Current customs seem to mix up pre-Christian and Christian traditions., but most seem to agree that it’s a time to feast, celebrate, spend time with those we love and do what we can to rekindle hope, joy and peace. However, reality these days seems to turn this time of year into a frenzy of buying, cooking and running around which mothers seem to find particularly taxing.

Did you watch “Back in time for Christmas” on BBC2 last night (a postscript to the excellent “Back in time for dinner” earlier this year).  Last night’s programme looked at Christmas in the 1940s and 1950s and, apart from offering vivid flashbacks to my Granny’s kitchen and explaining why Grandma always put grated potato and carrot in the Christmas pud, it provided very contrasting views from family members about what it was like to celebrate Christmas in times gone by.

Dad thought it wasn’t bad to have a more austere Christmas; you didn’t need to spend a lot of money to enjoy it. Son, aged about 11, couldn’t wait to go forward in time for better presents while Mum concluded it was a feast for Dad and the kids but she’d spent most of the day slaving in the kitchen and would be happiest when it was all over.

Times may have changed, but most women I know seem to find the end of the year particularly stressful.

Back in the ’40s and 50s, people hadn’t heard of life coaches or blogs, so I count myself lucky to have a number I can turn to for tips on how to survive the festive season as a 21st century woman! There’s Gillian Smellie of Lifecycles Growth’s “Fifteen Days to Organised… One simple tip per day and you will be the most organised and relaxed person you know…..  just in time for Christmas.” There’s self carealso a lovely thoughtful article about Advent Candles on her blog. Kate Gerry’s blog on giving yourself permission to take a break is very sound advice. and Sarah Seed has some great tips on setting boundaries in order to take care of ourselves. All useful advice at this time of year.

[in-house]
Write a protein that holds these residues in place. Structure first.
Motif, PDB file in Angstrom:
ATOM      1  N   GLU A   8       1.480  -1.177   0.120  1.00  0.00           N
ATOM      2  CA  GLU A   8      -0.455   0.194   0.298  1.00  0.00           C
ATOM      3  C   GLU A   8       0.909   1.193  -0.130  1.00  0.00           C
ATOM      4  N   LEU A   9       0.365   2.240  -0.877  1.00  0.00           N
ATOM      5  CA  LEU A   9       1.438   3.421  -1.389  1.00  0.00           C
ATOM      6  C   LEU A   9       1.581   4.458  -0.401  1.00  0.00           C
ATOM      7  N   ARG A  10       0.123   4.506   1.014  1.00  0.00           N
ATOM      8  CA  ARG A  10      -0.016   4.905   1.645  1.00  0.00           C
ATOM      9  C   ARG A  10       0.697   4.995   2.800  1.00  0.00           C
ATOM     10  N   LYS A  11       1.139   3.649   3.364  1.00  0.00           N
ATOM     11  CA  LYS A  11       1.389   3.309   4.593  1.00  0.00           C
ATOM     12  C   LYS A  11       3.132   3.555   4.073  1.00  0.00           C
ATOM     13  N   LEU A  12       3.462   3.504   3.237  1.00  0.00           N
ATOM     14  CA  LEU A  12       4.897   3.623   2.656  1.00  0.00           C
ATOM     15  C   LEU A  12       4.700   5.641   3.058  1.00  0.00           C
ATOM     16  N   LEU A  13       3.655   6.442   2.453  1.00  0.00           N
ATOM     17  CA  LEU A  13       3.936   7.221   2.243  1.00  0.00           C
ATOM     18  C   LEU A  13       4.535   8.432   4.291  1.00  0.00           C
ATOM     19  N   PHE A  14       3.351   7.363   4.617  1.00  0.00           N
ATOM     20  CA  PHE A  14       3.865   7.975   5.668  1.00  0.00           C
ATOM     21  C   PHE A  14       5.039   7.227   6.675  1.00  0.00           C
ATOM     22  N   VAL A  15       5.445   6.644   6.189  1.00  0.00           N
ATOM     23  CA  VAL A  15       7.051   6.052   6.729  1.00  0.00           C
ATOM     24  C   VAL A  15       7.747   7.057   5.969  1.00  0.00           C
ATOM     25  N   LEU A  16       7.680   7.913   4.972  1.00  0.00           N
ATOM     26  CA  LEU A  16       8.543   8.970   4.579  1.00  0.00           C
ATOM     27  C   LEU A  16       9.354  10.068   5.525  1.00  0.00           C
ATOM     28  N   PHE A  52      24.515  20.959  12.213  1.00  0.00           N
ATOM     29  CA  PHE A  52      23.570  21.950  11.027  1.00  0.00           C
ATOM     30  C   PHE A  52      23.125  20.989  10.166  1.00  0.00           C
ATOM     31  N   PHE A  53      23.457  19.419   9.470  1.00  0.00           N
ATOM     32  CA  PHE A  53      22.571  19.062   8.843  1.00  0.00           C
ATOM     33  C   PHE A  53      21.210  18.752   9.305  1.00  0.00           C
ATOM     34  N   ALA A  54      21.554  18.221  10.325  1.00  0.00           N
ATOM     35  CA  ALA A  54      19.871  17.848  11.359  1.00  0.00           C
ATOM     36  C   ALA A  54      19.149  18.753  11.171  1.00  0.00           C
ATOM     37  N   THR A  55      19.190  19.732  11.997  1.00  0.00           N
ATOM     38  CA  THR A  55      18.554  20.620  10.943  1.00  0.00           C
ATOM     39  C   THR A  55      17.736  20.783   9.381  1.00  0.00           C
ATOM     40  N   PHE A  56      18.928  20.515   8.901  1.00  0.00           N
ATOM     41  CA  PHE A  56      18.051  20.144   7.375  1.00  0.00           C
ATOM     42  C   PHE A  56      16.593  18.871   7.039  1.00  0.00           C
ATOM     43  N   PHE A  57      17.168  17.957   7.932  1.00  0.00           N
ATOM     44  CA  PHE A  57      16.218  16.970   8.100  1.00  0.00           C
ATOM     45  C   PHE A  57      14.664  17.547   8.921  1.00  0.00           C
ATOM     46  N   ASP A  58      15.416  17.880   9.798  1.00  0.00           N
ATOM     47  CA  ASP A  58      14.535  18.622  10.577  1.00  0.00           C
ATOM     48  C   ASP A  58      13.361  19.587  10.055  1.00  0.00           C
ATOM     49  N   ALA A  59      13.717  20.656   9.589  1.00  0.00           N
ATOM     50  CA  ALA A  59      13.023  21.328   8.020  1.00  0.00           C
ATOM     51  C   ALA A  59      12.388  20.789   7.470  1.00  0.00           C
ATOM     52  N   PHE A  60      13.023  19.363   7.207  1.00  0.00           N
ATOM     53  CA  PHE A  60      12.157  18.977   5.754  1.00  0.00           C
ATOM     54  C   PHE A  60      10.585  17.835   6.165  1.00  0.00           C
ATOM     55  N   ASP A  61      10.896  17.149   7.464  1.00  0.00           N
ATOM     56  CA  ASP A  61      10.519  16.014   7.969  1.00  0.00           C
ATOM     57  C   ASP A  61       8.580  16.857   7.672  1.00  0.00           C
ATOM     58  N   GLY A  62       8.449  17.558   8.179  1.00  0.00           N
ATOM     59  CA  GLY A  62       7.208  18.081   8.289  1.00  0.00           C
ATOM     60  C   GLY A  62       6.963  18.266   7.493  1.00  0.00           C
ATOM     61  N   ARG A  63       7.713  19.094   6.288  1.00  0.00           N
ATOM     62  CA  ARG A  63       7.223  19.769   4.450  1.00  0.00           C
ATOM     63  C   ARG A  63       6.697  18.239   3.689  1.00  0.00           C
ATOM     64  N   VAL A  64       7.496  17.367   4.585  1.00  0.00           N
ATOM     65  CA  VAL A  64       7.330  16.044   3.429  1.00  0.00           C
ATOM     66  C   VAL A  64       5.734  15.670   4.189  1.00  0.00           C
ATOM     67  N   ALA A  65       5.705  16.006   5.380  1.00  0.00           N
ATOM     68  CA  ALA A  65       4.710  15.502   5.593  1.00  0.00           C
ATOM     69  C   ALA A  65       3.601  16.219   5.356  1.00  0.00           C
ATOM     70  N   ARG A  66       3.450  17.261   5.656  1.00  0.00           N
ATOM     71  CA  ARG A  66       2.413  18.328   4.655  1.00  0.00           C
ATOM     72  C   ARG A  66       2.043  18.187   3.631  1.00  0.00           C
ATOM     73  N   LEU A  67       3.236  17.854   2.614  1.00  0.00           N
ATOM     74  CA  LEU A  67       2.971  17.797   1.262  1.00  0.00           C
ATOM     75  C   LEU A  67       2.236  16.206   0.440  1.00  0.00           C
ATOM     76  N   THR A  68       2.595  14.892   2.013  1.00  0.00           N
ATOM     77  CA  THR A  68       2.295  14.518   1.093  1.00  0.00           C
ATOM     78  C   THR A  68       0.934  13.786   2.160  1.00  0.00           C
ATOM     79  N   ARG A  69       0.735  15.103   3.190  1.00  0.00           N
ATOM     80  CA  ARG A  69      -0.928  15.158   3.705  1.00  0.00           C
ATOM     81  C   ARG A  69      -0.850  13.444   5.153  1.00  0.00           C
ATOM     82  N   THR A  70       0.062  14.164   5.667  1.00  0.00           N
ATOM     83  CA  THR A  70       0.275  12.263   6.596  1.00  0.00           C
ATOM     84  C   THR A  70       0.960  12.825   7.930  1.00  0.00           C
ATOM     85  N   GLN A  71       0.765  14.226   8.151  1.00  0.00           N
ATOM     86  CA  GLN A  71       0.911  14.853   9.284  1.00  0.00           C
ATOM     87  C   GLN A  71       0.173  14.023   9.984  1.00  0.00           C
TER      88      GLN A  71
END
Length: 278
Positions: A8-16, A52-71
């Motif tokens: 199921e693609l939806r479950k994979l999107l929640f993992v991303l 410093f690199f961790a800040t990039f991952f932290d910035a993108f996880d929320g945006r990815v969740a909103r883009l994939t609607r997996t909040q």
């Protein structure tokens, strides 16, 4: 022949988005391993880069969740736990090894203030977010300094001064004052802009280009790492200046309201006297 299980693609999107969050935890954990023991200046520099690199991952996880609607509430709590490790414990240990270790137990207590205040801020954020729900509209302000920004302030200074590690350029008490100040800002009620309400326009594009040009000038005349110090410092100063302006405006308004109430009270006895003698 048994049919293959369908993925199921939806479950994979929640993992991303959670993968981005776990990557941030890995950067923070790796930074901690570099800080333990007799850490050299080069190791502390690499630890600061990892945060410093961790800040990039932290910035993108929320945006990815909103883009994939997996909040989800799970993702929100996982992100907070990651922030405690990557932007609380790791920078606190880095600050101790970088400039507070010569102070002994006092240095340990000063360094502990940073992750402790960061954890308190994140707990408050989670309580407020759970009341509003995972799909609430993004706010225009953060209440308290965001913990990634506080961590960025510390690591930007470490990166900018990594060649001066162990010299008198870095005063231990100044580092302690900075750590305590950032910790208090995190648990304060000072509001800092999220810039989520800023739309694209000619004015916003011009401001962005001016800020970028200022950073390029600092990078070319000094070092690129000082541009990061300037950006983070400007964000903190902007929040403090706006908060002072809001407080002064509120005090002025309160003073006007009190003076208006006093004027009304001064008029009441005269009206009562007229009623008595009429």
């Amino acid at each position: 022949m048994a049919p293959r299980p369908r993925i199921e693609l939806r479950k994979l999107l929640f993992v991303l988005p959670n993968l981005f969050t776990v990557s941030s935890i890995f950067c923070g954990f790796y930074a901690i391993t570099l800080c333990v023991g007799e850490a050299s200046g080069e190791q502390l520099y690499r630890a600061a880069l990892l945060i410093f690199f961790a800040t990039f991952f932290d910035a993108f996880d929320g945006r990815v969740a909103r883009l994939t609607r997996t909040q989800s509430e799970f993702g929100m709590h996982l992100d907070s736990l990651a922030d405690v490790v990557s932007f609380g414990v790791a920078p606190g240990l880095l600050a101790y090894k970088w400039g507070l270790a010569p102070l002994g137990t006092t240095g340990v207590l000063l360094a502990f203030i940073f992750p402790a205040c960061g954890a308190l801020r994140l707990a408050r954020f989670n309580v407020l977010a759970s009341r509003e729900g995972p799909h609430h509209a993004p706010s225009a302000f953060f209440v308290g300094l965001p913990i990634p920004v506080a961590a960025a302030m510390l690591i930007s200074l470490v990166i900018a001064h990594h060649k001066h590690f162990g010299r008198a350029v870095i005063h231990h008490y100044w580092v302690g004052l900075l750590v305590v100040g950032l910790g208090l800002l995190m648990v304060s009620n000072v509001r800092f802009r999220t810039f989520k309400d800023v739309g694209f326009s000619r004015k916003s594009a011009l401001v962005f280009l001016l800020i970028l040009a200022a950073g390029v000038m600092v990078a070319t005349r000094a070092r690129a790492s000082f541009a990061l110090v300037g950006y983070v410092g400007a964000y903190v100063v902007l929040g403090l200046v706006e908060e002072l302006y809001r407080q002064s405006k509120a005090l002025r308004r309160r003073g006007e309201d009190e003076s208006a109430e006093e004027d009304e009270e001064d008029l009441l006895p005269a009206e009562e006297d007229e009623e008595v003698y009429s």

And my advice – Give yourself some “me” time, to dance away the stress, re-connect to what’s really important and ready to face the world again chilled and refreshed by offering savings on my Nia classes over the Christmas and New Year period. Download the flyer and come along on your own or with a friend to experience what others constantly tell me they find at a class: they move everything, yet feel relaxed not exhausted at the end, and ready to Celebrate the Light!

Have a great week.
Anne

For changes to classes over Christmas and New Year, please see the Classes and Events page.

What I’m watching

Fab video of Nia trainer Ann Christiansen in London last weekend.

Take 5 & rest your eyes

HaybergillHave you noticed the wonderful colours outside as the leaves begin to fall? Have you felt the chill in the air in the mornings? Have you “smelled” that autumn smell? There’s a particular feel to this time of year for me, perhaps associated with going back to school and starting a new year of learning and growing.